What is the TPPA?
The TPPA deal has been a recurring media topic over the last few years; however, its complicated nature and clandestine negotiations have left many of us lacking any understanding of what it all really means.
Last week, the deal made major progress, so I thought now would be a good time to break it down and explain what it is - and, why some have an issue with it.
TPPA stands for Trans Pacific Partnership Agreement. It is an agreement between the United States and 11 other nations that are (sort-of) on the Pacific Rim (Vietnam, Japan, Singapore, Brunei, Malaysia, Australia, New Zealand, Chile, Peru, Mexico and Canada).
Essentially this agreement will open up free trade between these countries by reducing tariffs and trade barriers.
While it is labelled and packaged as a trade deal, it is the extra power given to corporations and traders through this deal which worry many. While only a small amount of information about the agreement has been leaked, critics’ main concern (for NZ specifically) is that it will diminish the power of the New Zealand government; influencing issues such as labour standards, copyright, and the environment.
An example; imagine if the New Zealand government decided to implement plain packaging for all cigarette boxes. If an overseas tobacco company doesn’t like this, through the TPPA, they can sue the New Zealand government for millions arguing that this decision damages their business investment and prohibits trade. Or, if the New Zealand government implements laws that state more environmentally-friendly practices have to be used in farming, companies that invest in these farms can sue the New Zealand government if they think this decision will be negatively affect their investments.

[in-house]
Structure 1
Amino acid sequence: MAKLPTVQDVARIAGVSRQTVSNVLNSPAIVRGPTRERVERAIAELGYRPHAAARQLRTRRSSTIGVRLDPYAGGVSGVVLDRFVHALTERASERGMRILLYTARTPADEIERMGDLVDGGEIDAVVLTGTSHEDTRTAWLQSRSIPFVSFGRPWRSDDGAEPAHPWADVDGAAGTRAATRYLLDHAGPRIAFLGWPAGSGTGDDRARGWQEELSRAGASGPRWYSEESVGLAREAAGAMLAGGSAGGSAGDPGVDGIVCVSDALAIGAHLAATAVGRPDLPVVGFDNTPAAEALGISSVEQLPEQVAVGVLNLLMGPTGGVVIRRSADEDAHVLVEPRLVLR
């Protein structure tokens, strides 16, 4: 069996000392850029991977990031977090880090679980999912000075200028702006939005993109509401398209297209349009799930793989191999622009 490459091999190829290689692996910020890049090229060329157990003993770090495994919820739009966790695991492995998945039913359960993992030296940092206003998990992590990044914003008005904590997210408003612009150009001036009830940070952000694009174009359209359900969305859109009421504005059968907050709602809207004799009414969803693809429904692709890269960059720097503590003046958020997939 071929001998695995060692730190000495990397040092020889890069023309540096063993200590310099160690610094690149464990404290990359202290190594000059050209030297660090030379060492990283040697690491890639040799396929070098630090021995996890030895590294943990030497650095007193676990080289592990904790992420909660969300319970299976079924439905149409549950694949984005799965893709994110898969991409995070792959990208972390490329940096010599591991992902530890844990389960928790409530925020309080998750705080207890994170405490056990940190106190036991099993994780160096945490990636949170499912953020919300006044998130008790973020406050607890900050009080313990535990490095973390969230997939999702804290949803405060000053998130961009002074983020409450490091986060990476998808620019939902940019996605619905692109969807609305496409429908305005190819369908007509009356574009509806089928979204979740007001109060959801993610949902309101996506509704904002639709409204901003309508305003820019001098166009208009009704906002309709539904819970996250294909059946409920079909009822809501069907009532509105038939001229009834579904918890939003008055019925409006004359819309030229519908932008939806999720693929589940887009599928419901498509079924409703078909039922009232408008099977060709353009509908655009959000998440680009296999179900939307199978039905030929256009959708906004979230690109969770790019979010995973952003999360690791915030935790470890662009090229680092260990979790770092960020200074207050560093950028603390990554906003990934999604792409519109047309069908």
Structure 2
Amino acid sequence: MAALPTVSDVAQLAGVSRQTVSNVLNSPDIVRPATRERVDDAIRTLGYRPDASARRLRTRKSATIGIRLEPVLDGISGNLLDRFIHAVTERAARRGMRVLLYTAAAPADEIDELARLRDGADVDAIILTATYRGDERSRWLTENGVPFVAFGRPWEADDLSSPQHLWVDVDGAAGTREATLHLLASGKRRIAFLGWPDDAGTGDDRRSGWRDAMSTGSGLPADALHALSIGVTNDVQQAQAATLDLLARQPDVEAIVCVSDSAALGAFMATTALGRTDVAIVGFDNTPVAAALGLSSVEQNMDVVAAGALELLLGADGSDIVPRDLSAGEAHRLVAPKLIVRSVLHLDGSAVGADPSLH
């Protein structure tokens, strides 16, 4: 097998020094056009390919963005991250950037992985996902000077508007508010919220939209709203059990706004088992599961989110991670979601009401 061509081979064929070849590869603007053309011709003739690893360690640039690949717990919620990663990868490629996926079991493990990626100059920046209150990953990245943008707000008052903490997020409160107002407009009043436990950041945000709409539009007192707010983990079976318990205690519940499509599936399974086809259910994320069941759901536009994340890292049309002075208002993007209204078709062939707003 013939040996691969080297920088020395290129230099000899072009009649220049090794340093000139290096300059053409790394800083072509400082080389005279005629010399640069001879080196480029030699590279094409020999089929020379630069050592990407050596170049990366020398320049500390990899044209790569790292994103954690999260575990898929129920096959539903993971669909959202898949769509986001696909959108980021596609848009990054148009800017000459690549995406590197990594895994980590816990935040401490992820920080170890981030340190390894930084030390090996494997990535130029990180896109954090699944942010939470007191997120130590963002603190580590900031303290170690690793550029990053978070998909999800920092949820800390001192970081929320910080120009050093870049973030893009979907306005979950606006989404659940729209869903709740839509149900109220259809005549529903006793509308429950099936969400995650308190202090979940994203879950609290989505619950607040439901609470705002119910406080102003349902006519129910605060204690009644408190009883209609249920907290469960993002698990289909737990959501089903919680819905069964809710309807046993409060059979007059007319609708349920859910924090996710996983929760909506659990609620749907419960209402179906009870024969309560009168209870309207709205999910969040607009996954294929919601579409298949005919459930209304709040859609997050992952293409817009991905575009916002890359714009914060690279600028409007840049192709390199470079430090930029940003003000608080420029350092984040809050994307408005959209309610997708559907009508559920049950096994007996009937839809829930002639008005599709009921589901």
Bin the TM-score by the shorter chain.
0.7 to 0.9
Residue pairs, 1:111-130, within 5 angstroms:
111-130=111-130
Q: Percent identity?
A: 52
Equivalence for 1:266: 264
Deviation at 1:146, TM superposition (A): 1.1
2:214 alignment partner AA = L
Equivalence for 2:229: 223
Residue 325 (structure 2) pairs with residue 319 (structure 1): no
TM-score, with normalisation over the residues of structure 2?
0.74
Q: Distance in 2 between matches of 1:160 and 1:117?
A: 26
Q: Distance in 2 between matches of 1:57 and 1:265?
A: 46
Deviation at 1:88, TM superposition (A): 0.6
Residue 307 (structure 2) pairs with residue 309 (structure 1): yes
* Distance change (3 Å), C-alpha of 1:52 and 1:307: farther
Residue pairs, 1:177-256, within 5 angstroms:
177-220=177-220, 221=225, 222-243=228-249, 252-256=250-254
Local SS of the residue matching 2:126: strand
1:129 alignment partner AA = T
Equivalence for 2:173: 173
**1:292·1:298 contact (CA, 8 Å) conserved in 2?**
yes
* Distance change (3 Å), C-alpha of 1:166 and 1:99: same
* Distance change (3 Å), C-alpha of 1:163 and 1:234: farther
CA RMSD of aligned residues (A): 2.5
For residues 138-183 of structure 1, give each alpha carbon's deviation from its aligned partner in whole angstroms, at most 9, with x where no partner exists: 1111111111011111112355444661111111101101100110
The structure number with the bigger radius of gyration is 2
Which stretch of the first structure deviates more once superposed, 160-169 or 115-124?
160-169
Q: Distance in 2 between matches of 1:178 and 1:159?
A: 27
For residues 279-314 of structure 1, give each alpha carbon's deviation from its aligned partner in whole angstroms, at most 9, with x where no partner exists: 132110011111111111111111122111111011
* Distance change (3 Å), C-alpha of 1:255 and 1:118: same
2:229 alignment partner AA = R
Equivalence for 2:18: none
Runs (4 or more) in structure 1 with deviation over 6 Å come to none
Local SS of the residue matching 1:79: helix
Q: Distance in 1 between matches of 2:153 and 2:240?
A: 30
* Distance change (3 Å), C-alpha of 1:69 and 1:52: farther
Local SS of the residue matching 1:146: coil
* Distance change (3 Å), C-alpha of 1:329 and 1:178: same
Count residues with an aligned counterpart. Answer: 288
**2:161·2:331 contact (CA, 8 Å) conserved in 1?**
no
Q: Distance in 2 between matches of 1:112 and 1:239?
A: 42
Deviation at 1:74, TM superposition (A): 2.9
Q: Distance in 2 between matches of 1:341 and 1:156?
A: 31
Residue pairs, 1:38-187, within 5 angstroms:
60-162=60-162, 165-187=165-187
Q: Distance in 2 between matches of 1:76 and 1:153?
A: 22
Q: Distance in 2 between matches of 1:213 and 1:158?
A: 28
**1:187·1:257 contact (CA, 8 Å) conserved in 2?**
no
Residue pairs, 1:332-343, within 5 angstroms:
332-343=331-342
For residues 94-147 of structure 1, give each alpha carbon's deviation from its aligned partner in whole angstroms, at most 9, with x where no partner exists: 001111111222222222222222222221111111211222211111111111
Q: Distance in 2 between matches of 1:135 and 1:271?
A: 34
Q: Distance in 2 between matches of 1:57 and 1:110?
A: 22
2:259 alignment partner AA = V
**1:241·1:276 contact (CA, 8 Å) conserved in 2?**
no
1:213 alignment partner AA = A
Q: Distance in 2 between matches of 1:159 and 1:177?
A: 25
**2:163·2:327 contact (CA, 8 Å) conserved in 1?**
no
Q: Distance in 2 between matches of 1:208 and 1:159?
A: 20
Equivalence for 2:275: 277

So, the gist; if the government is concerned about the threat of being sued, this may influence their law-making.
While Obama has pushed for the TPPA (this could possibly be the biggest thing he does while in power), his fellow Democrats have been light in support as many believe American workers will lose their jobs due to lower wages overseas. However, Republicans have been supportive of the deal as they think it will boost the economy.
Without getting into the details of US government and who’s voted for what, essentially, what happened over the last month is that the Democrats initially voted the deal down and said no. Obama and the Republicans then worked together to unpackage the deal into separate parts. When voting on these separate parts, the US Senate voted 60-38 to give Obama what is called ‘Trade Promotion Authority’. This is significant, as it is the biggest hurdle and effectively gives the deal a signal to go-ahead. ‘Trade Promotion Authority’ will allow Obama to go out and negotiate with other countries without having to consult Congress. Congress will still be able to vote to approve or reject agreements, but will not be able to amend the deal. This will all become law once Obama signs the Bill, which should be soon.
Trade Minister Tim Groser says that if everything goes to plan, the TPPA will be in place by 2017 – but it could be decades before its full benefits are felt.